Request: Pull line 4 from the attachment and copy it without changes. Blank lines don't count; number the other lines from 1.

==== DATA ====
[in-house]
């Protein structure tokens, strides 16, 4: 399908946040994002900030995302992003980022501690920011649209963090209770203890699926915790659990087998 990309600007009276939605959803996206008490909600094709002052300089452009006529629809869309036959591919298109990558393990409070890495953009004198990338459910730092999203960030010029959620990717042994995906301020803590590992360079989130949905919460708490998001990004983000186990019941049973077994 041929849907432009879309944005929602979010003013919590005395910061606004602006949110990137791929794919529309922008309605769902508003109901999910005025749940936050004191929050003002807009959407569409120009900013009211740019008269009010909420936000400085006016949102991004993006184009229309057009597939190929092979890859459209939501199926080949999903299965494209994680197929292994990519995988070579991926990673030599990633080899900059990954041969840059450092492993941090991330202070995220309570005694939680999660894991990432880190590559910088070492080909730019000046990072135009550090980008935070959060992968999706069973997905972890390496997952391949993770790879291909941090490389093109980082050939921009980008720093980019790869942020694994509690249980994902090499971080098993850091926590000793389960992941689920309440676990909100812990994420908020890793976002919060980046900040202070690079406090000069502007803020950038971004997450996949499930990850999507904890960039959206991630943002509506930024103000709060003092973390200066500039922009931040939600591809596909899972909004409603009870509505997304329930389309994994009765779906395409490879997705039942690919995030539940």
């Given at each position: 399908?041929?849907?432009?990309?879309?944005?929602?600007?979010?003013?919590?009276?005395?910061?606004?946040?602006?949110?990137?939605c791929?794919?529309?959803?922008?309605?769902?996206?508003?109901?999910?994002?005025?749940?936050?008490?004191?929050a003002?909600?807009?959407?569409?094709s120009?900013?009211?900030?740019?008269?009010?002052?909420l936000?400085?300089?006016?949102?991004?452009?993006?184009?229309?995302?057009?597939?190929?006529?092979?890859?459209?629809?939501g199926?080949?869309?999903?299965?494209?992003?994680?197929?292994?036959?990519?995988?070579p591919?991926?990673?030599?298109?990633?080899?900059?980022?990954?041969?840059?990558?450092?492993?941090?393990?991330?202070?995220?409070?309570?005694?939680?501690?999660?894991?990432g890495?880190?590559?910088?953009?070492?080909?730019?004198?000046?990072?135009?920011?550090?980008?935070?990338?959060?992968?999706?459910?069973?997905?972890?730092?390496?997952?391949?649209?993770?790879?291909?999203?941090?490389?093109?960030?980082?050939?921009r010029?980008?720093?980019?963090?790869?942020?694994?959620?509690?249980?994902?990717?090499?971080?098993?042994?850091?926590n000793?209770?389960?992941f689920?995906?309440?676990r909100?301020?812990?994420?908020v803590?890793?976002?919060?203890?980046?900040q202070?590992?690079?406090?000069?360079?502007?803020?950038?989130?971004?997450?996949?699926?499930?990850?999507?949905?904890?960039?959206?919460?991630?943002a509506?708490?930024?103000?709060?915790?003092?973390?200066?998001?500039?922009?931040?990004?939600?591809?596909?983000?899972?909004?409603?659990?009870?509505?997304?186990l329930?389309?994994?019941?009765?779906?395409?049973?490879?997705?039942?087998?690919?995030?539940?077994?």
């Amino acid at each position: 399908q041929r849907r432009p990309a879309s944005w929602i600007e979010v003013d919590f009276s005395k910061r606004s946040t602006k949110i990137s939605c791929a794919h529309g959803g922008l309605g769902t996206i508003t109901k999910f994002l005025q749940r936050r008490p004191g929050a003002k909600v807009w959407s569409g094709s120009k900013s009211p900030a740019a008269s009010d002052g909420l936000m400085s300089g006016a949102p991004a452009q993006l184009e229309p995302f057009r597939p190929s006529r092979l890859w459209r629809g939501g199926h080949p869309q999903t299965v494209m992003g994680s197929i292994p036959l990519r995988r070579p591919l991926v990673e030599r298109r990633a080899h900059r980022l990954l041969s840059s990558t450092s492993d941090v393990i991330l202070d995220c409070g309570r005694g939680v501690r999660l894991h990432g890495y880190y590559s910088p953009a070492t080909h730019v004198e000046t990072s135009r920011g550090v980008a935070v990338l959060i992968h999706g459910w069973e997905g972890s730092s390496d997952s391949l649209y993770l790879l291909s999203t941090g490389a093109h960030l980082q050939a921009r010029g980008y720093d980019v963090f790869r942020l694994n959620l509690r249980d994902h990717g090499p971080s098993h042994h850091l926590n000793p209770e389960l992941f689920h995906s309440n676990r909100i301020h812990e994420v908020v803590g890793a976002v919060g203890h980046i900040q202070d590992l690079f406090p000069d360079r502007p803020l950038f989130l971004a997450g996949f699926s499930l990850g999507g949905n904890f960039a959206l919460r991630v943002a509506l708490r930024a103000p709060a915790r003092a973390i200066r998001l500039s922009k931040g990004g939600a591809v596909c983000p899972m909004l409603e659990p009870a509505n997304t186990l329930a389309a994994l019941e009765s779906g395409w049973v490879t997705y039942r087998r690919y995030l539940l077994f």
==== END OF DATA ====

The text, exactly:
């Amino acid at each position: 399908q041929r849907r432009p990309a879309s944005w929602i600007e979010v003013d919590f009276s005395k910061r606004s946040t602006k949110i990137s939605c791929a794919h529309g959803g922008l309605g769902t996206i508003t109901k999910f994002l005025q749940r936050r008490p004191g929050a003002k909600v807009w959407s569409g094709s120009k900013s009211p900030a740019a008269s009010d002052g909420l936000m400085s300089g006016a949102p991004a452009q993006l184009e229309p995302f057009r597939p190929s006529r092979l890859w459209r629809g939501g199926h080949p869309q999903t299965v494209m992003g994680s197929i292994p036959l990519r995988r070579p591919l991926v990673e030599r298109r990633a080899h900059r980022l990954l041969s840059s990558t450092s492993d941090v393990i991330l202070d995220c409070g309570r005694g939680v501690r999660l894991h990432g890495y880190y590559s910088p953009a070492t080909h730019v004198e000046t990072s135009r920011g550090v980008a935070v990338l959060i992968h999706g459910w069973e997905g972890s730092s390496d997952s391949l649209y993770l790879l291909s999203t941090g490389a093109h960030l980082q050939a921009r010029g980008y720093d980019v963090f790869r942020l694994n959620l509690r249980d994902h990717g090499p971080s098993h042994h850091l926590n000793p209770e389960l992941f689920h995906s309440n676990r909100i301020h812990e994420v908020v803590g890793a976002v919060g203890h980046i900040q202070d590992l690079f406090p000069d360079r502007p803020l950038f989130l971004a997450g996949f699926s499930l990850g999507g949905n904890f960039a959206l919460r991630v943002a509506l708490r930024a103000p709060a915790r003092a973390i200066r998001l500039s922009k931040g990004g939600a591809v596909c983000p899972m909004l409603e659990p009870a509505n997304t186990l329930a389309a994994l019941e009765s779906g395409w049973v490879t997705y039942r087998r690919y995030l539940l077994f």